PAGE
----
4. A lot of people have been asking about the gravity equations; here is an explanation.

    The first equation links Force F with the universal gravitational constant G, the mass of one orbiting object M, the mass of the other orbiting object m (it doesn’t matter who is orbiting who because defining that depends on your reference point, and this equation is universal so doesn’t care about reference points), and the radius r. As Seb Wilkes said above, gravitational force is proportional to the mass involved and inversely proportional to the radius squared.

    The second equation comes about when you assume that the orbit is circular so that you can equate the first equation for force with the equation for force in circular motion, F=mv^2/r – you should get GMm/r^2=mv^2/r. A bit of rearranging gives you the second equation, which links velocity at a point in the orbit, v, with the mass of the object at the centre of the orbit, M, and radius, r. This equation is interesting because it proves that the velocity at a point in the orbit does not depend on the mass of the orbiting object!

    The third equation is derived here: https://oxfordpat.wordpress.com/circular-orbits-under-gravity/

    The last equation uses the definition v=ωr and the third equation.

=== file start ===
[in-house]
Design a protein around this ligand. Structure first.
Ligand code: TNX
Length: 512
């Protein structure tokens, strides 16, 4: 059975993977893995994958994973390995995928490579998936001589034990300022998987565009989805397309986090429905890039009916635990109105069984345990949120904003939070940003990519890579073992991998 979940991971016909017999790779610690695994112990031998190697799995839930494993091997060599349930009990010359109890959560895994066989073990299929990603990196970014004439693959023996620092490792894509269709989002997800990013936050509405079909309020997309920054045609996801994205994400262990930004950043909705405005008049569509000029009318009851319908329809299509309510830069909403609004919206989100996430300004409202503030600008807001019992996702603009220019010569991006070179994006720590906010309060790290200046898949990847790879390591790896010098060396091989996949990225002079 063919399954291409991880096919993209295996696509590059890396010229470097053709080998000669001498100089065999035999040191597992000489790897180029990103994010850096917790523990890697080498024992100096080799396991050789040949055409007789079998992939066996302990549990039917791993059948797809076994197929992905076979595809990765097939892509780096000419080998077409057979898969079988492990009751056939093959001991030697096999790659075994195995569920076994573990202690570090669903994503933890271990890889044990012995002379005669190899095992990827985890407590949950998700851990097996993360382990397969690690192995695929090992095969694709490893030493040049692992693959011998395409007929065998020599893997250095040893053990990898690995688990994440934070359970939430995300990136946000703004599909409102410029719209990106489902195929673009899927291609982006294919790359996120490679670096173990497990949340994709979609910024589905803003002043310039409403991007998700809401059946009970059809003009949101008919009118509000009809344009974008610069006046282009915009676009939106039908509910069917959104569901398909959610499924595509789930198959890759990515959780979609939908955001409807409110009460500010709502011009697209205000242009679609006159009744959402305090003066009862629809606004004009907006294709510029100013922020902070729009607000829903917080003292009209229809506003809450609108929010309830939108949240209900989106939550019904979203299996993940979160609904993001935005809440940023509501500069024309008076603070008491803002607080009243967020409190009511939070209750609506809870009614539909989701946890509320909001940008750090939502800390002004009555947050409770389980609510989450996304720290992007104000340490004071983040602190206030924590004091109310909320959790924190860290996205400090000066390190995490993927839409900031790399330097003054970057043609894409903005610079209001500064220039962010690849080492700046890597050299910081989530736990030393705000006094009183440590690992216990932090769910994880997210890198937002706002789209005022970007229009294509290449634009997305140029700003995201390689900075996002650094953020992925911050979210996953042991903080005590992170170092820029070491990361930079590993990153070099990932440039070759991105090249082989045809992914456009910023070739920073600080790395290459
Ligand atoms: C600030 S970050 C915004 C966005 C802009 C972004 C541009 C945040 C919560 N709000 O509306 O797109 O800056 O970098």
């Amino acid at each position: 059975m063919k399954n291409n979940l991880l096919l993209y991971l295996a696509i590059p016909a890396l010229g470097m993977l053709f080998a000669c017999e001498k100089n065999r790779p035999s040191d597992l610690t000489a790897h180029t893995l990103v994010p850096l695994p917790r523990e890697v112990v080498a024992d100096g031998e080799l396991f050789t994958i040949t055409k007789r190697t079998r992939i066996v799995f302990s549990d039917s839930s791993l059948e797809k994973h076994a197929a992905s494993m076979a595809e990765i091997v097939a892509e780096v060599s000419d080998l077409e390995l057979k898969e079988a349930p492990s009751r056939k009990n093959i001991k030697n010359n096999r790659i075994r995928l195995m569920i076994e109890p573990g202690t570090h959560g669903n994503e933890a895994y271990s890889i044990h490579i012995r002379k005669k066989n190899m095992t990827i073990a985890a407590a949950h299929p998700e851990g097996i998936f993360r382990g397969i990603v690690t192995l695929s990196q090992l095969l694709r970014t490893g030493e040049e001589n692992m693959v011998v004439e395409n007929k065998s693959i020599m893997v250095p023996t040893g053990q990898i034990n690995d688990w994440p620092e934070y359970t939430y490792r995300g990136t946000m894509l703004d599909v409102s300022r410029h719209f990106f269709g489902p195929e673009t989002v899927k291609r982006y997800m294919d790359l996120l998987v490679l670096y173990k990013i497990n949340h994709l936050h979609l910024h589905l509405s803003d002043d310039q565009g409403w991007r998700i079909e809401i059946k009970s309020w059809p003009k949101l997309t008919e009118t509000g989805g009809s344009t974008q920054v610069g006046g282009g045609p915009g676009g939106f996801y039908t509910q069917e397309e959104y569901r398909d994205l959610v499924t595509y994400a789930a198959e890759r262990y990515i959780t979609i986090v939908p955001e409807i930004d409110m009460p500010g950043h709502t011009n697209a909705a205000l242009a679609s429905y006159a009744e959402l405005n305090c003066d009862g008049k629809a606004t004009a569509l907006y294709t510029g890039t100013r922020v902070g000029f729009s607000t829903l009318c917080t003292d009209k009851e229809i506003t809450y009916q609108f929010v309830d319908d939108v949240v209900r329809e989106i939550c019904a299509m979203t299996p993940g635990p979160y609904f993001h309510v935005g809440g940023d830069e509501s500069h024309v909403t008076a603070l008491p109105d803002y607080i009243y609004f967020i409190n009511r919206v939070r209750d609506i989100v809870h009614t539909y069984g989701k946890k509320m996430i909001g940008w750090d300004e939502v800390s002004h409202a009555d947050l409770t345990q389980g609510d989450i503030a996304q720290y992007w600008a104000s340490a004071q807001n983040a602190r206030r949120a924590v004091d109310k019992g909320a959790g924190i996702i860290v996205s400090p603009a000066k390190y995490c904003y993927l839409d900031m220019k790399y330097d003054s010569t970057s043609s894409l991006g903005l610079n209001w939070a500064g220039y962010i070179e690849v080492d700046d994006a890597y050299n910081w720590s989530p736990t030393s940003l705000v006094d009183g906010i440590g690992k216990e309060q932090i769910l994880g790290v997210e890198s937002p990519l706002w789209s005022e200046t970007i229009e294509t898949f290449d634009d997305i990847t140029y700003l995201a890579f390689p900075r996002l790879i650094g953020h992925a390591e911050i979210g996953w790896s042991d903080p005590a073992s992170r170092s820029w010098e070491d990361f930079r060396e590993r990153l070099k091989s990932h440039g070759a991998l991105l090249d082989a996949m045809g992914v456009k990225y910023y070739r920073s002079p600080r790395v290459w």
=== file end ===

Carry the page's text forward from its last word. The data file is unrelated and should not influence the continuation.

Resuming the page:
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  5. Hi Jess! I am so glad I found your blog; I also love playing chess and am applying this cycle. I have been working on practice questions from PAT tests like you suggested.

    Do you have any advice on being able to finish the questions quick enough? Additionally, what was your strategy – did you start with the long questions and go to the short ones or the other way around?

    Thank you so much and have a great day!

    Liked by 1 person

    • Hi Cynthia, it’s lovely to hear from you! The way I like to approach papers is to start with the easier questions to warm myself up into the more difficult ones. However, I would definitely make sure to keep a note of the time and allocate the right amount of time for each type of question. If you get stuck on a question for longer than the time you allotted, then move on to the next one.
      Doing lots of timed practice papers should also help you get a feel of how long you should be spending on each question 🙂

      I wish you the best of luck with your applications!

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      • What do you recommend doing after the PAT? It feels weird not knowing my score already and I, unfortunately, didn’t finish all the questions :/

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  6. Hi Jess, sorry to bother you again – how do you prepare for your Oxford interview for physics? I am considering doing Professor Povey’s problems but I wanted to know if there are better ways to prepare? Do you know if someone has a list of the interview questions?

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    • Hi Cynthia, sorry I haven’t been checking my blog as much because I’ve been super busy! I hope your interview went alright, often they don’t expect you to know much more beyond your A level knowledge. In an interview, they want to find out how you think, not how much you know!